A Development under Divine Protection

The young Muhammad (pbuh) was protected by the Almighty from the evil habits of his society and times. He spent his youth immersed in moral purity in a way deserving of carrying the duty of prophethood, which a bright future stored for him. The man with the noblest lineage had undoubtedly also embodied the highest moral values among his people well before beginning his mission as a Prophet. His superlative generosity extended above all to his neighbors and he showed others a magnanimity and forgiveness that prevented him from harming anyone in any way whatsoever. Quarrelling and fighting, for him, were things absolutely unheard of. Combined with all these traits also was an unprecedented dependability, leading his peers to nickname him al-Amîn, the trustworthy, and al-Sâdiq, the honest.[1]

The Messenger of Allah (pbuh) was once asked whether he had ever worshipped the idols or drank wine before Prophethood. Replying to both questions in the negative, the Blessed Prophet (pbuh) then went on to affirm:

“Even though I did not know about the Book and Faith, I somehow knew the Meccans were indulging in disobedience to Allah.” (Diyarbakrî, I, 254-255)

The Prophet (pbuh) recounts another time during his childhood when he experienced the protection of the Almighty:

“Still a young boy, I was playing with the boys of Quraysh, carrying stones from one place to another. To carry the stones with more ease, the other boys took off their garments and placed them over their shoulders, on top of which they began placing the the stones. Just as I was intending to do the same, I felt a very hard punch by someone I could not see.

‘Leave your garment on’, was all I heard him say.

So I left my garment on and continued to carry stones dressed, the only one among my friends who still had his clothes on.” (Ibn Hishâm, I, 197)

Another similar incident predating the onset of Prophethood occurred during the rebuilding of the Kaabah, when the young Muhammad (pbuh) was carrying stones on his shoulders with his uncle Abbâs, who advised his nephew to put his garment over his shoulders so as not to hurt himself. But when he tried to comply, the young Muhammad (pbuh) collapsed on the ground, and with eyes fixed on the skies, all he could do was to ask his uncle for his garments back so he could cover his body. (Bukhari, Hajj, 42)

Although strolling naked in certain circumstances was deemed acceptable at the time, the Prophet (pbuh) never walked in such a manner utterly unacceptable by Islam.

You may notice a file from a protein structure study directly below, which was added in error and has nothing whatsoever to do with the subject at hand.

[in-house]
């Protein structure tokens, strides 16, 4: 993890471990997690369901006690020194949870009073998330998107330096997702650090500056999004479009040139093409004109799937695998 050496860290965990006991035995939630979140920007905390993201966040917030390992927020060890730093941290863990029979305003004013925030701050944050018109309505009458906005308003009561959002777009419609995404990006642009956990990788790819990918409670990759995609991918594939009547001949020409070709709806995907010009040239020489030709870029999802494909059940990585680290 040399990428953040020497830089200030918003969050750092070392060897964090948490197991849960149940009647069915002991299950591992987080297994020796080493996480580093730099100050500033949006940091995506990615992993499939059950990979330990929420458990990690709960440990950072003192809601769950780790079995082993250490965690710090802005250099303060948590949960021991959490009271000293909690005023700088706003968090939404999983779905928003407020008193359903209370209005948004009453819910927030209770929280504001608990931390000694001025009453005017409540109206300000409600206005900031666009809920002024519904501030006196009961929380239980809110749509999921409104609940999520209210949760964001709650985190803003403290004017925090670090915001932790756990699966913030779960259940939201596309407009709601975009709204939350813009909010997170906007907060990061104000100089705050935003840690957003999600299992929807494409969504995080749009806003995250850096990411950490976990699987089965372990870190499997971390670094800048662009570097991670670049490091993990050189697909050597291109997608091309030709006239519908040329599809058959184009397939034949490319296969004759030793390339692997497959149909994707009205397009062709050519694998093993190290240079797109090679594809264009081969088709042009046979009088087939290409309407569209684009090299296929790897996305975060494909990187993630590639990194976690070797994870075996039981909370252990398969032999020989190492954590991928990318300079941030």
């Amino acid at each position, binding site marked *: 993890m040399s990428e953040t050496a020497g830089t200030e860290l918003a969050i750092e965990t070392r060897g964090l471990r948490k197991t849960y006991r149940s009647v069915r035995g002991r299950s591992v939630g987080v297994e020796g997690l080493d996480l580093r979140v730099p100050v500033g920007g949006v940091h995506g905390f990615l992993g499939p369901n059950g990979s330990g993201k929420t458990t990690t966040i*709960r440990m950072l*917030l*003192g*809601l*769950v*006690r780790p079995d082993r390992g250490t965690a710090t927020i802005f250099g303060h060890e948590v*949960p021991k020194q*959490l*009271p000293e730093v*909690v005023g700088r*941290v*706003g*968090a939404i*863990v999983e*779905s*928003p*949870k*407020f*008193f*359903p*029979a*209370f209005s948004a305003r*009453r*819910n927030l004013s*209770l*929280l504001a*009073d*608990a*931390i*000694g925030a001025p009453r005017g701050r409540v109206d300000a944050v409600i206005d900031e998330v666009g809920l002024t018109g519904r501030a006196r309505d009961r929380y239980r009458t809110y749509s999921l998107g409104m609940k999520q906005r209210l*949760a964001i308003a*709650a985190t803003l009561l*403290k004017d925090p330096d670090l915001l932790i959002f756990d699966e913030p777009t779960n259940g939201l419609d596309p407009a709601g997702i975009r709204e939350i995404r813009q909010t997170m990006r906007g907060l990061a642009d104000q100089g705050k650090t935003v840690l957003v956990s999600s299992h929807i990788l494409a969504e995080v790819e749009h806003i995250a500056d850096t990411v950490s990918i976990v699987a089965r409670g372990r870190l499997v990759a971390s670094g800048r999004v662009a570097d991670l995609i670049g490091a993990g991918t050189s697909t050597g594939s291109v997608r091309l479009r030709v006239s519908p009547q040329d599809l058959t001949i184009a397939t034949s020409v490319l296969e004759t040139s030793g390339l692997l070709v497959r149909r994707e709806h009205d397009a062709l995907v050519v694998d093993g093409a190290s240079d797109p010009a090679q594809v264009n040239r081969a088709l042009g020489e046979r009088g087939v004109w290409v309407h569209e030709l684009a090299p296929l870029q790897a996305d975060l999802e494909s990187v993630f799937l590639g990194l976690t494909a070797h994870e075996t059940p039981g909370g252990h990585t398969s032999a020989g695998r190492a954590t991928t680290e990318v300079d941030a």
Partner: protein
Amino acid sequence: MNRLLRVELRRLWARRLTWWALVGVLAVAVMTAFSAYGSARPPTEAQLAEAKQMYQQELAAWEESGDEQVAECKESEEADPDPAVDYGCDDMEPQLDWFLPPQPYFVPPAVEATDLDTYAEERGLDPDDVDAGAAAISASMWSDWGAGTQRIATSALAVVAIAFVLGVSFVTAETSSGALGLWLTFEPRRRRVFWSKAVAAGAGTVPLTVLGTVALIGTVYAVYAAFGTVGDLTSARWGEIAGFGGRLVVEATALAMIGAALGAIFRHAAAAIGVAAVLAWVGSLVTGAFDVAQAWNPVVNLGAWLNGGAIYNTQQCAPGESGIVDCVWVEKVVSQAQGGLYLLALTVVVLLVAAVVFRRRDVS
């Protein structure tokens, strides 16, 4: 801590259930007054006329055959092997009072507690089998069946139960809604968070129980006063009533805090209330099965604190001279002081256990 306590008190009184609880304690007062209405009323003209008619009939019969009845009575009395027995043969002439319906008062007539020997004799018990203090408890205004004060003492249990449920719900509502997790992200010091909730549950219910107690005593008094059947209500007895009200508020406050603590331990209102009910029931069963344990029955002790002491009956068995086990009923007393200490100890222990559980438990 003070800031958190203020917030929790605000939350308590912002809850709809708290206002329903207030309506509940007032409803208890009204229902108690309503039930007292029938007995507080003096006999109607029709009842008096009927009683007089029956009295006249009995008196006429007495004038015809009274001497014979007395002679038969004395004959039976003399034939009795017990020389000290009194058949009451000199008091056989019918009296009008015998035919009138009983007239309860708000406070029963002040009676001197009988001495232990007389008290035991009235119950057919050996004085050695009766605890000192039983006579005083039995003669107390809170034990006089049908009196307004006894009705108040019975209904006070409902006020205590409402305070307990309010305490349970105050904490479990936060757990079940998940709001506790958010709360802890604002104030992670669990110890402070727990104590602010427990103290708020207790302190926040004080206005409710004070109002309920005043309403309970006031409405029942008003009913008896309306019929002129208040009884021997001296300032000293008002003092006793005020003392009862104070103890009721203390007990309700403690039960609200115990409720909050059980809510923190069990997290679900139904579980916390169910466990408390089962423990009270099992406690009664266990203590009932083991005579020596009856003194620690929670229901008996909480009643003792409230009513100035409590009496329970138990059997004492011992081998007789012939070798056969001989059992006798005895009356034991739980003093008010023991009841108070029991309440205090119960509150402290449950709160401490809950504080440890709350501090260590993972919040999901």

One can also remember the conversation between the Prophet (pbuh), still twelve year old child at the time, with Bahira, for an ample idea of his attitude to Meccan wrongdoings. When Bahira asked the child to speak the truth in the name of the idols Lât and Uzza, the response he got was:

“By Allah, I never hated anything more than Lât and Uzzâ; so do not ask me anything in their name.” (Ibn Ishâq, p. 54; Ibn Saad, I, 154; see also Ahmed, V, 362)

Umm Ayman, the caretaker of the Blessed Child, reports that Quraysh used to pay homage to an idol called Buwaabah, where they would organize a special festival in its honor on a particular day each year, consisting of remaining next to the idol all day long and shaving their heads in reverence. Like other Meccans, Abu Talib had also prepared eagerly for this annual festival and asked his orphan nephew to attend with him. Much to the fury of his uncle and aunts, however, Muhammad (pbuh) declined the offer.

“We are afraid a calamity will befall you for your lack of respect for our idols”, his aunts were saying, pleading the child to be present at the festival. The Child ultimately accepted his aunts’ pleas and made his way to the festival with his people. But once they arrived at the presence of the idol, Muhammad (pbuh) all of a sudden disappeared, returning moments later petrified, with a pale face.

Asked by his anxious aunts as to what had happened, he said:

“I fear I may be possessed by an evil spirit!”

“The Almighty would never leave you to suffer such torment, for you are a child exuding all kinds of virtue”, his aunts assured him. “Just tell us what you saw.”

“Each time I drew near the idol, a tall man white man appeared telling me to get back and refrain from touching it”, he said.

This would prove to be the last time Muhammad (pbuh) was forced to attend idolater festivities.[2]

The subsequent account given by the Blessed Prophet is quoted by his cousin, Ali ibn Abu Talib (r.a):

“Never did I think of taking any part in the festivities organized during the period of Ignorance, except on two occasions. But on both occasions, I was protected by Allah from these evils. While shepherding on one evening, I remember asking one of my fellow shepherds:

‘Could you please look after my sheep so I have a chance to go down to Mecca and attend in that revelry like the other boys?’

‘Sure’, he said. ‘Do whatever you want.’